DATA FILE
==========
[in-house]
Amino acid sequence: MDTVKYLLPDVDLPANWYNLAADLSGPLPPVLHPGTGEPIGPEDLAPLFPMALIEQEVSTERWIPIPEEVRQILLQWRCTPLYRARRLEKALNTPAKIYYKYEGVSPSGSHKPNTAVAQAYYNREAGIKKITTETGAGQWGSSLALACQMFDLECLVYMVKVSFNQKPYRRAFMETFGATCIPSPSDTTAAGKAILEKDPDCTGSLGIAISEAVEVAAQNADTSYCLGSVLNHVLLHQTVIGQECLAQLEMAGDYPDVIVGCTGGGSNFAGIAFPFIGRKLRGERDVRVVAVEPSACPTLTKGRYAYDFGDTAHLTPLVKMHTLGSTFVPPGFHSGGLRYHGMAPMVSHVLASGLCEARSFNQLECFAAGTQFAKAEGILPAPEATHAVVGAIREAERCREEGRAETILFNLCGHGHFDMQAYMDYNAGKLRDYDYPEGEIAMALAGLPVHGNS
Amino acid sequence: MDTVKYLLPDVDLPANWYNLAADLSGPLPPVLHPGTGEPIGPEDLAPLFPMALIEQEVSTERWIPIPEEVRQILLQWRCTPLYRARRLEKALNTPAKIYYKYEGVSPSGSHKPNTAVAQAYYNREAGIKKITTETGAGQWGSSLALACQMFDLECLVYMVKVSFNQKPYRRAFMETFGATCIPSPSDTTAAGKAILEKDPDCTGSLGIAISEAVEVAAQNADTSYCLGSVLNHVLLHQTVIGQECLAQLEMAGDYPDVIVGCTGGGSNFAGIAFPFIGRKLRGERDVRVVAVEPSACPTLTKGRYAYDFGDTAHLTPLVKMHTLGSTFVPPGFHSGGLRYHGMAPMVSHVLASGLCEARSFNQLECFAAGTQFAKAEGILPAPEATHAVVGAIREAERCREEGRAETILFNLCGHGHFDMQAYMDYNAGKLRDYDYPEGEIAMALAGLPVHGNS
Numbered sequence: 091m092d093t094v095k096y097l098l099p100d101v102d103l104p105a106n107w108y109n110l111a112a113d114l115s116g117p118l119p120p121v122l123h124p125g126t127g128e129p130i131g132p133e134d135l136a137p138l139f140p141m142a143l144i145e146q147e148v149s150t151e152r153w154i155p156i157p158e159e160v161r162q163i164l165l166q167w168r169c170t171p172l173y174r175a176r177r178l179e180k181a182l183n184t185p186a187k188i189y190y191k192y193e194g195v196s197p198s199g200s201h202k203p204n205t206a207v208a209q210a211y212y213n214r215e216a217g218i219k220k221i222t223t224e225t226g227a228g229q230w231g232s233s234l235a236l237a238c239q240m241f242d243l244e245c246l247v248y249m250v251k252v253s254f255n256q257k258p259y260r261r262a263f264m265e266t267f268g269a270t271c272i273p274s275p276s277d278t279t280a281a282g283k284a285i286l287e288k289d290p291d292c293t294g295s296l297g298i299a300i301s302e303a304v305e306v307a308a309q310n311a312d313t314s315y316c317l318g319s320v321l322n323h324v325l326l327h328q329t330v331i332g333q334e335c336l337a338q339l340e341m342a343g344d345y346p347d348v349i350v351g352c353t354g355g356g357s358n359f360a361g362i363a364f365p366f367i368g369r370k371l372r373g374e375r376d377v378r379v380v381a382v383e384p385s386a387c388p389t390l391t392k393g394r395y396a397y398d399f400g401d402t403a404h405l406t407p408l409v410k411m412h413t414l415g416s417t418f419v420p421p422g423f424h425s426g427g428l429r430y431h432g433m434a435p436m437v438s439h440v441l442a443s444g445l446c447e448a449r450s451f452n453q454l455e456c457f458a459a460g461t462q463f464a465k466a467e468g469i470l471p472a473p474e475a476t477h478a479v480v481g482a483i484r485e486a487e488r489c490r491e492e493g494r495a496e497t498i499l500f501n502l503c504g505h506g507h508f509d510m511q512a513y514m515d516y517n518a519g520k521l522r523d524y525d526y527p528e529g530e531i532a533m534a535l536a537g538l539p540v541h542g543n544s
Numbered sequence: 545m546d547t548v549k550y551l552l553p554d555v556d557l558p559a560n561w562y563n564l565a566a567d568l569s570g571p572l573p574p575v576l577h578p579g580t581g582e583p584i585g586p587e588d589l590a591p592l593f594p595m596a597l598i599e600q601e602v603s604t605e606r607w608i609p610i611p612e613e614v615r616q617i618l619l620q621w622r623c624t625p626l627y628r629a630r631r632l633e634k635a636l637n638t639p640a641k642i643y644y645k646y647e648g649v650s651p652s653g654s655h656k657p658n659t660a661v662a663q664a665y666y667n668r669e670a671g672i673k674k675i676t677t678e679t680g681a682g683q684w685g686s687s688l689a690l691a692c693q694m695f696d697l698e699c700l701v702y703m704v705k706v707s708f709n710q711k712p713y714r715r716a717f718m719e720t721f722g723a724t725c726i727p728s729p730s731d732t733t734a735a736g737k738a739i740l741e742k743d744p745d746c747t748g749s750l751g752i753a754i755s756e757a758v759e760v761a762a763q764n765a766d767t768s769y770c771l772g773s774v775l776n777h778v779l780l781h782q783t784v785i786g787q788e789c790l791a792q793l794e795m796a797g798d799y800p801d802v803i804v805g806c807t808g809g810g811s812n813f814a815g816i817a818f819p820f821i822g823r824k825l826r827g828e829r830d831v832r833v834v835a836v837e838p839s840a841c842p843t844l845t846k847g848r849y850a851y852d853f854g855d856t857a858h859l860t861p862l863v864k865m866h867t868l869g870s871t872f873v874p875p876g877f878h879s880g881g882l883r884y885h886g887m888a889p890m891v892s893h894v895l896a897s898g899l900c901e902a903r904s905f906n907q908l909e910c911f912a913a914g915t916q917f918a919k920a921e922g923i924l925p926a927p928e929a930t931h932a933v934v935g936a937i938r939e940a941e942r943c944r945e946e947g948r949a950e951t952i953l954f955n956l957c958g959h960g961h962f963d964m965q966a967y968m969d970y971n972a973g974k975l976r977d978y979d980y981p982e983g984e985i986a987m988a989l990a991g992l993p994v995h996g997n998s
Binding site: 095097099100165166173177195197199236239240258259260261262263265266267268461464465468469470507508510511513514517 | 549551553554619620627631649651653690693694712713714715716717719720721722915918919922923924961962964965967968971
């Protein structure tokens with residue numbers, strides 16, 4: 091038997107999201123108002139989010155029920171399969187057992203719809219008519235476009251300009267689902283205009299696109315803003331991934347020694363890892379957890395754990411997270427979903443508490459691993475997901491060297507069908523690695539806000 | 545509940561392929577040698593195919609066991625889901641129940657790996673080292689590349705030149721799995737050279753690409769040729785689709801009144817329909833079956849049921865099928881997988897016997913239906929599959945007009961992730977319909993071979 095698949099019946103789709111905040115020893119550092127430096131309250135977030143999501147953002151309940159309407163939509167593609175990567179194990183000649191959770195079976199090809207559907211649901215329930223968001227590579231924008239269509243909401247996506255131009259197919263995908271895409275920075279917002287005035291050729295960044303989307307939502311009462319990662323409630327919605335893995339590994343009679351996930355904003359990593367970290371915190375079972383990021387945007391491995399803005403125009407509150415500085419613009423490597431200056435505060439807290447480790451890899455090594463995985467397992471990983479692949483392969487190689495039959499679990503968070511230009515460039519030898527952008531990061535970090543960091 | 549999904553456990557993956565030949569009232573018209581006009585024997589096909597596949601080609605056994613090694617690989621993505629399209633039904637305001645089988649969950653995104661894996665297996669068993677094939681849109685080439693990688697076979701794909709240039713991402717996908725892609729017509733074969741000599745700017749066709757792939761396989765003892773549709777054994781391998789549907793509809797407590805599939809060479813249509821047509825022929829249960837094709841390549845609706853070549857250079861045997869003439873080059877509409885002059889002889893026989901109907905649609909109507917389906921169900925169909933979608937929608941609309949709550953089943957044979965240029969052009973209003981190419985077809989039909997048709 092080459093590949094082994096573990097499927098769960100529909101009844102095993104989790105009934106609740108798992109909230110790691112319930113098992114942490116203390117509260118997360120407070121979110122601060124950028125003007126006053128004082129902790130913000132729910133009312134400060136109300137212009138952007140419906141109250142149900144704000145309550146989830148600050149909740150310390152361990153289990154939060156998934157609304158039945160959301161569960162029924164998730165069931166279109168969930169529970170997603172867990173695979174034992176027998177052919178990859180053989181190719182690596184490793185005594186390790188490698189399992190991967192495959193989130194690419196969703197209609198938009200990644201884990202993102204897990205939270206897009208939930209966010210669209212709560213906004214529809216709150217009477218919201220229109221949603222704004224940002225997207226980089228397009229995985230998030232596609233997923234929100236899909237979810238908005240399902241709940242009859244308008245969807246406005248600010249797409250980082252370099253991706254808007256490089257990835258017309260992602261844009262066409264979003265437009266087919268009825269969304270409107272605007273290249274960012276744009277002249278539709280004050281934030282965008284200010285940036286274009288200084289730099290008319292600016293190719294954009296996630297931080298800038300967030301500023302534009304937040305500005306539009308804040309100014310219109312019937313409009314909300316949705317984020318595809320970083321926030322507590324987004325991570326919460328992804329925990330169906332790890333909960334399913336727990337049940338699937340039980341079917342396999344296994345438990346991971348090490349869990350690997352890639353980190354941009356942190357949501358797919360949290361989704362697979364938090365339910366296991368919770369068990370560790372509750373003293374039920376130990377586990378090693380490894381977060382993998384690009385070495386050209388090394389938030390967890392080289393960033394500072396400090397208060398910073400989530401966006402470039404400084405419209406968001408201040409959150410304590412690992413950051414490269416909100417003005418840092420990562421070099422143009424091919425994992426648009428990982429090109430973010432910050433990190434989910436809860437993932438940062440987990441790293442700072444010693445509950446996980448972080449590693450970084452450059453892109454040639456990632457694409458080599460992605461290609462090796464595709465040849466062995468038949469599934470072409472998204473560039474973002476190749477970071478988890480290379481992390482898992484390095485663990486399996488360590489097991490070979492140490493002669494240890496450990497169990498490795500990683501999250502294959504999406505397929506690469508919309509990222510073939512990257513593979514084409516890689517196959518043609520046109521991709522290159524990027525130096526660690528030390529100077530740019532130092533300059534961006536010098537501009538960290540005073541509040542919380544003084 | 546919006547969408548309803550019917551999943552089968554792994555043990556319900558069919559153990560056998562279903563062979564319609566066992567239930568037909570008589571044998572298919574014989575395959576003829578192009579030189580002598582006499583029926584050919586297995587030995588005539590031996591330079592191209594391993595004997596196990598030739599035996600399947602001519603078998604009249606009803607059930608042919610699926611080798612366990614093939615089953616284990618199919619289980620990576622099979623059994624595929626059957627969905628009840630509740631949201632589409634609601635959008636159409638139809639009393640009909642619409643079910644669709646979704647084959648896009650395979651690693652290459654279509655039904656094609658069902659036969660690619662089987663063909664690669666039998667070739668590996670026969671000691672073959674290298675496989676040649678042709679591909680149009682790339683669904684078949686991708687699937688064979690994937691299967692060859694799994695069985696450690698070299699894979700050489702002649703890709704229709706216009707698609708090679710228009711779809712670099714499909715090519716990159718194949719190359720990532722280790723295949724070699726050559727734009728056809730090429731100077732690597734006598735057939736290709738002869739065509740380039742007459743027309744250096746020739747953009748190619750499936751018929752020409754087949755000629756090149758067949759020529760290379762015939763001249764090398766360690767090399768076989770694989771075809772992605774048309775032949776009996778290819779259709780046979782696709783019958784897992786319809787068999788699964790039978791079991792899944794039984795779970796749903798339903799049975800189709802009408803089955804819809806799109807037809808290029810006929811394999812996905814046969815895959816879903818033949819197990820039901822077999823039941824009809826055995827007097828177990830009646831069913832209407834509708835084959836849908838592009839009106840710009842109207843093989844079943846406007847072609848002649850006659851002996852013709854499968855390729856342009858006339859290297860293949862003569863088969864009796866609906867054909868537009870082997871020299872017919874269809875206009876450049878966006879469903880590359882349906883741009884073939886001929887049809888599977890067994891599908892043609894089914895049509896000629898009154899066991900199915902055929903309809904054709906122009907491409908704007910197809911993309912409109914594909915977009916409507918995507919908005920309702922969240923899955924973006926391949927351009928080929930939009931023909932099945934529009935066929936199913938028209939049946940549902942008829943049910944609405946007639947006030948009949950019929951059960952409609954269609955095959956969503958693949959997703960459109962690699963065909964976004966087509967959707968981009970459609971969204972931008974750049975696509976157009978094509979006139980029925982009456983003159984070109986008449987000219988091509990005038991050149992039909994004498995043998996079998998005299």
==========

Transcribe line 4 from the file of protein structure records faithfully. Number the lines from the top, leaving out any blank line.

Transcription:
Numbered sequence: 091m092d093t094v095k096y097l098l099p100d101v102d103l104p105a106n107w108y109n110l111a112a113d114l115s116g117p118l119p120p121v122l123h124p125g126t127g128e129p130i131g132p133e134d135l136a137p138l139f140p141m142a143l144i145e146q147e148v149s150t151e152r153w154i155p156i157p158e159e160v161r162q163i164l165l166q167w168r169c170t171p172l173y174r175a176r177r178l179e180k181a182l183n184t185p186a187k188i189y190y191k192y193e194g195v196s197p198s199g200s201h202k203p204n205t206a207v208a209q210a211y212y213n214r215e216a217g218i219k220k221i222t223t224e225t226g227a228g229q230w231g232s233s234l235a236l237a238c239q240m241f242d243l244e245c246l247v248y249m250v251k252v253s254f255n256q257k258p259y260r261r262a263f264m265e266t267f268g269a270t271c272i273p274s275p276s277d278t279t280a281a282g283k284a285i286l287e288k289d290p291d292c293t294g295s296l297g298i299a300i301s302e303a304v305e306v307a308a309q310n311a312d313t314s315y316c317l318g319s320v321l322n323h324v325l326l327h328q329t330v331i332g333q334e335c336l337a338q339l340e341m342a343g344d345y346p347d348v349i350v351g352c353t354g355g356g357s358n359f360a361g362i363a364f365p366f367i368g369r370k371l372r373g374e375r376d377v378r379v380v381a382v383e384p385s386a387c388p389t390l391t392k393g394r395y396a397y398d399f400g401d402t403a404h405l406t407p408l409v410k411m412h413t414l415g416s417t418f419v420p421p422g423f424h425s426g427g428l429r430y431h432g433m434a435p436m437v438s439h440v441l442a443s444g445l446c447e448a449r450s451f452n453q454l455e456c457f458a459a460g461t462q463f464a465k466a467e468g469i470l471p472a473p474e475a476t477h478a479v480v481g482a483i484r485e486a487e488r489c490r491e492e493g494r495a496e497t498i499l500f501n502l503c504g505h506g507h508f509d510m511q512a513y514m515d516y517n518a519g520k521l522r523d524y525d526y527p528e529g530e531i532a533m534a535l536a537g538l539p540v541h542g543n544s